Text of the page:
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New Jersey is paying tribute to George Floyd with a statue in his honor.
On Wednesday, the city of Newark revealed a 700-lb. bronze statue of Floyd in front of City Hall. During an unveiling ceremony for the public, city officials said the statue will remain in its place for at least one year in recognition of the national impact of Floyd's death.
The statue, which depicts Floyd sitting on a bench, was created by artist Stanley Watts and commissioned by actor and filmmaker Leon Pinkney as a donation to the city. According to NJ.com, Pinkney wants the sculpture to honor the Minnesota man's humanity, hoping those who see it remember why his death sparked an outcry for change.
"The world needed a peaceful George," Watts said during the ceremony. "The world needed him relaxed and chilling on a bench and that's what we produced and we produced him larger than life, because after death, George will be remembered. That's what memorials are. To remember and never forget why we changed today and tomorrow and for the rest of our existence on this planet."
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Newark Mayor Ras J. Baraka also attended the unveiling to show how grateful he was that Pinkney chose Newark as the home for the statue. NJ.com reports that he added, "George Floyd represents a lot more than himself at this juncture in history. Hopefully when people walk by it and they see it … hopefully it inspires them to become active in the struggles that are happening right here in Newark and right here in New Jersey."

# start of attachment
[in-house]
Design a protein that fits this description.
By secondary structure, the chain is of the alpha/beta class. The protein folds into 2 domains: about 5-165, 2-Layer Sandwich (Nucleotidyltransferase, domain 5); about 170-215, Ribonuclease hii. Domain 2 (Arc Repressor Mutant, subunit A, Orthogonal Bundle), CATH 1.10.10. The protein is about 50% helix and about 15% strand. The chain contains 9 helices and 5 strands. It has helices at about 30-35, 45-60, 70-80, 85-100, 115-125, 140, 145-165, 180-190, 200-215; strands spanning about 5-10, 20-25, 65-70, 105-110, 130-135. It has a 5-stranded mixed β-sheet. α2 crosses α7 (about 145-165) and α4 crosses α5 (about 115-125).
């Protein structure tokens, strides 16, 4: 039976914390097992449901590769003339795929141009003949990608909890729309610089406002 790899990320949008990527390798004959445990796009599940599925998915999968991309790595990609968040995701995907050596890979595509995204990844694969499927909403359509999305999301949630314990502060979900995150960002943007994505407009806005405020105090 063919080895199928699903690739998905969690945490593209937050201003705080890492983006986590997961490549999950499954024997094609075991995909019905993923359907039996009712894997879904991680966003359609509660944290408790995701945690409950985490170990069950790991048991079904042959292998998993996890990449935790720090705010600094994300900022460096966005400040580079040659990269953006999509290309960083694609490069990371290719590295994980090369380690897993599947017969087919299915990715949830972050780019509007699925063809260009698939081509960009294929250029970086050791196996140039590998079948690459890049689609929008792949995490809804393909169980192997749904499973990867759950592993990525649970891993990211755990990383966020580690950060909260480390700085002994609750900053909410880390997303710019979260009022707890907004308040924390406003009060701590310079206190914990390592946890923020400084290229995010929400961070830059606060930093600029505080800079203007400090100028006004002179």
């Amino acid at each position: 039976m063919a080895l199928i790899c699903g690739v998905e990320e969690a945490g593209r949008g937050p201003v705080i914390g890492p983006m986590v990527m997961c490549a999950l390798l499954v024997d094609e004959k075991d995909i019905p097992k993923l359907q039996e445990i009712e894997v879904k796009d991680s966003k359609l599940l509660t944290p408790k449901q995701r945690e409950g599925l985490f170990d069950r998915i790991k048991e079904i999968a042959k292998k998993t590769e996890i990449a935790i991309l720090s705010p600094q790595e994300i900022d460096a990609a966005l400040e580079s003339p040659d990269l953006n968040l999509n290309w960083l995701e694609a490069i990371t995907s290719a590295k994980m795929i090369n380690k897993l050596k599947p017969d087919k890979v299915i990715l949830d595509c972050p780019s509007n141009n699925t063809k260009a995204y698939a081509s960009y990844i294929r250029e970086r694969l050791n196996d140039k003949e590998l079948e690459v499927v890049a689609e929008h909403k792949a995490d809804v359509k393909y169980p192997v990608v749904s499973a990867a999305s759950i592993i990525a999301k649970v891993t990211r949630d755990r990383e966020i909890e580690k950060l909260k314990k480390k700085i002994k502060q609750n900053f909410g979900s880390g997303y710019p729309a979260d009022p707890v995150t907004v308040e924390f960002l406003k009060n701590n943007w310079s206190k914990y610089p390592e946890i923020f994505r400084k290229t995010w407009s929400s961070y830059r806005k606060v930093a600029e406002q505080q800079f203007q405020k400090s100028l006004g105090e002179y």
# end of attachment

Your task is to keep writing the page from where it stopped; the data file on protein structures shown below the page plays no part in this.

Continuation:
Last month marked the one-year anniversary of Floyd's death. He was killed on May 25, 2020, at the hands of white police officer Derek Chauvin, who was recently found guilty of second-degree murder, third-degree murder and manslaughter. Floyd's killing -which was caught on camera and viewed by millions - sparked worldwide protests against racial injustice and police brutality.
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President Joe Biden and Vice President Kamala Harris met with Floyd's family at the White House on the anniversary of his death as a way to check in with family members during the emotional time. Floyd's brothers Philonise, Rodney and Terrence, as well as Floyd's nephew Brandon, all spoke to the press after the meeting and called on Congress to pass the George Floyd Justice in Policing Act, which is pending in the Senate as lawmakers work toward a compromise.
The bill, if enacted, would ban chokeholds and select no-knock warrants, create a database to track police misconduct and end racial and religious profiling, among other aspects, according to The Washington Post. It would also change how police officers are held accountable for misconduct in civil and criminal court.
"Mr. Floyd should be alive today," Harris said in a statement after the May 25 meeting. "He should be with his family who continue to show courage, grace, and resilience." The vice president also echoed calls for Congress to pass the George Floyd Justice in Policing Act, saying: "We need to do more."